I like to think that the many ways of weight training are part of what makes it fun. And despite what you might hear, there is no one right way to weight train. Using basic variables, you can blend several approaches or use one method exclusively.
Which approach should you take? It depends on your goals.
You Want to Lose Weight or You Don’t Like Weights
Circuit routines might be perfect for you. With a typical circuit, you get your heart rate up by integrating cardio and weights into one short, intense routine. For example, one set in a circuit could include four to six different exercises that hit various muscle groups without resting. After a brief rest you would repeat for two more sets.
You’ll still need to do intense cardio separately and watch your diet if you want to lose weight, but you can get extra calories burned while toning – and that’s an enticing benefit of circuits.
If you’re not a fan of weights and you just want to get it done, circuits (or Cross Fit) can provide the cardio benefits and toning in a short time frame. Since you may be using a lot of different equipment (bodyweight, medicine balls, dumbbells, etc.), you’ll find less circuits less monotonous – maybe even exciting!
You can create circuits yourself, find a few on this web site, or find them online or in videos. Here’s one I did myself when I swapped routines with my friend Kris.
You Want to Build Serious Muscle
To build serious muscle you’ll want to look at more of a bodybuilder’s routine. Bodybuilders rely on a select few compound movements and heavy resistance to put on muscle with exercises such as squats, deadlifts, bench presses, dips, and Arnold presses.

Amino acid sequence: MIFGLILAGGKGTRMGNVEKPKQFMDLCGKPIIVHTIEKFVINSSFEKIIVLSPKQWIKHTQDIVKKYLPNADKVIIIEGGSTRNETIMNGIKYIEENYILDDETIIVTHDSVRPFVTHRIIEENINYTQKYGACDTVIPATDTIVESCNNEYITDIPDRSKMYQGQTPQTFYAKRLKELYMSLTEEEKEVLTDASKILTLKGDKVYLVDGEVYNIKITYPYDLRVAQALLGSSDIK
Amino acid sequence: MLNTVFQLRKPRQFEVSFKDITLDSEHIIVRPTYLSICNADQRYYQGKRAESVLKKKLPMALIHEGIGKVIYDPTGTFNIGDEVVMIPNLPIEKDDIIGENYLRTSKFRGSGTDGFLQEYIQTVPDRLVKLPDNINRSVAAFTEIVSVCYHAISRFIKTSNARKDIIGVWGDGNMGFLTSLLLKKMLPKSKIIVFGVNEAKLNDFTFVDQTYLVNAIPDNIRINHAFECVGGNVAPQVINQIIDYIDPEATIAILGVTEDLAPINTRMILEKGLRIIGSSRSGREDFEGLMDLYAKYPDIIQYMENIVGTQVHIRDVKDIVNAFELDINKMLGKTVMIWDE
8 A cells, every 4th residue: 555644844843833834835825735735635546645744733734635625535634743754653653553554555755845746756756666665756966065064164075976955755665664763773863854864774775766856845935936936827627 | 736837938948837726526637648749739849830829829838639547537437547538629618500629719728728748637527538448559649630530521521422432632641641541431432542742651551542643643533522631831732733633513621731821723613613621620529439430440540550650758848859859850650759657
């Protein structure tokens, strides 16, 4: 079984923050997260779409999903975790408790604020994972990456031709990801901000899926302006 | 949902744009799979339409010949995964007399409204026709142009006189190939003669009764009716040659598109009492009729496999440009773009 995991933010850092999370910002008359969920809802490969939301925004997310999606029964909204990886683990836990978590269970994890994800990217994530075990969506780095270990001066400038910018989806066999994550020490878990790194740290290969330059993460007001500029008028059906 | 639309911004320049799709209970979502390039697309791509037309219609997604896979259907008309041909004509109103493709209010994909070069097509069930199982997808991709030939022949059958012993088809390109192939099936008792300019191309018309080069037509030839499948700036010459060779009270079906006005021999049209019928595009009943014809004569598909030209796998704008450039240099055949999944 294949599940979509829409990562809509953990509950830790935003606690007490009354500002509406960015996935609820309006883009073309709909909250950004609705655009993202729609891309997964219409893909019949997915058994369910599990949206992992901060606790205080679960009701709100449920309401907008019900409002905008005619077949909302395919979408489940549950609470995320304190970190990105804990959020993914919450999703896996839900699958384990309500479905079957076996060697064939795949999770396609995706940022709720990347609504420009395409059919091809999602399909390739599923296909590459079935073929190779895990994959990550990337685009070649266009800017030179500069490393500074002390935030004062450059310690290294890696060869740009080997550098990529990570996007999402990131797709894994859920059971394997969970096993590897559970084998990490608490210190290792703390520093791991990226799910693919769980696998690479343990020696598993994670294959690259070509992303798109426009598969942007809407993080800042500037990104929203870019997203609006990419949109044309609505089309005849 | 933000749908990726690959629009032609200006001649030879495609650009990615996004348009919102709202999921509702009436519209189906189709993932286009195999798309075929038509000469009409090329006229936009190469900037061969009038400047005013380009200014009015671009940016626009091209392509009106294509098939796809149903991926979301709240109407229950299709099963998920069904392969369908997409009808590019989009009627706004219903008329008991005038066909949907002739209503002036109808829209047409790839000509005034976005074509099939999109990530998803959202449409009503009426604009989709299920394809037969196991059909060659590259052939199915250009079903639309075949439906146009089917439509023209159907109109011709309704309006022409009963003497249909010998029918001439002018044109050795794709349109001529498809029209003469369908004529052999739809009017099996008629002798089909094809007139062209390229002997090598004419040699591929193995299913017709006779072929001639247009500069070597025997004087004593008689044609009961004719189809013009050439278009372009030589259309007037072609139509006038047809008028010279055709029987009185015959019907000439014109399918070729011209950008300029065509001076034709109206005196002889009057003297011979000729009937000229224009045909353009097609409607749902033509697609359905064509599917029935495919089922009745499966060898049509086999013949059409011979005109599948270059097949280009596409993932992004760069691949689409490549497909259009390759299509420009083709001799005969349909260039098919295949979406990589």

Despite popular belief, this type of weight training works for women too. This approach builds muscle because these are “foundational” exercises – multi-joint moves that work many muscles at once and engage your core as well. You progress by simply adding weight, decreasing rest periods, changing reps, and adding in techniques such as drop sets now and then.
This approach also involves using very few isolation movements and machines, relying mostly on barbells and dumbbells.
You Want to Tone, Build, and Look Cut
This is a middle-of-the-road approach and the one I take. You want muscle but it doesn’t have to be epic or fitness-model quality. You want definition in your arms, shape to your rear, and even a few abs muscles (or more). And you might even like weight training!
If you like variety, you’ll love this approach. Notice that I said if you if. You can always confuse your muscles by simply change the reps, rest, and weight. But if you like changing things up (as I do), you can incorporate different exercises, techniques, and equipment to meet your goals and have fun.
This approach works with weight loss programs as well but you’ll still need to do intense cardio separately. Traditional weight training does burn calories but not on the level you may want.
You can supplement with isolation exercises but you’ll still rely heavily on foundation moves such as squats, lunges, bench presses, and overhead presses. You’ll still need to be diligent about increasing weight and you may want to track your workouts in a journal.
I’ve posted plenty of exercises and routines you can try, both full-body and for individual muscle groups. For full-body workouts, check out these posts:
Note: I train either two muscles groups per session or I do an upper/lower body split twice a week. However, I know many people recommend full-body workouts and many people prefer it. Choose what you’ll do and what you’ll enjoy!
For exercises and tips about individual muscle groups, click the muscle group in my tag cloud on the right (for example, triceps, glutes, etc.).
You Don’t Have A Lot of Time
See my post on 30-Minute Workouts for ideas. Saving time can mean circuits or using compound movements as I talked about above. It can also mean combining moves (such as lunges with overhead presses).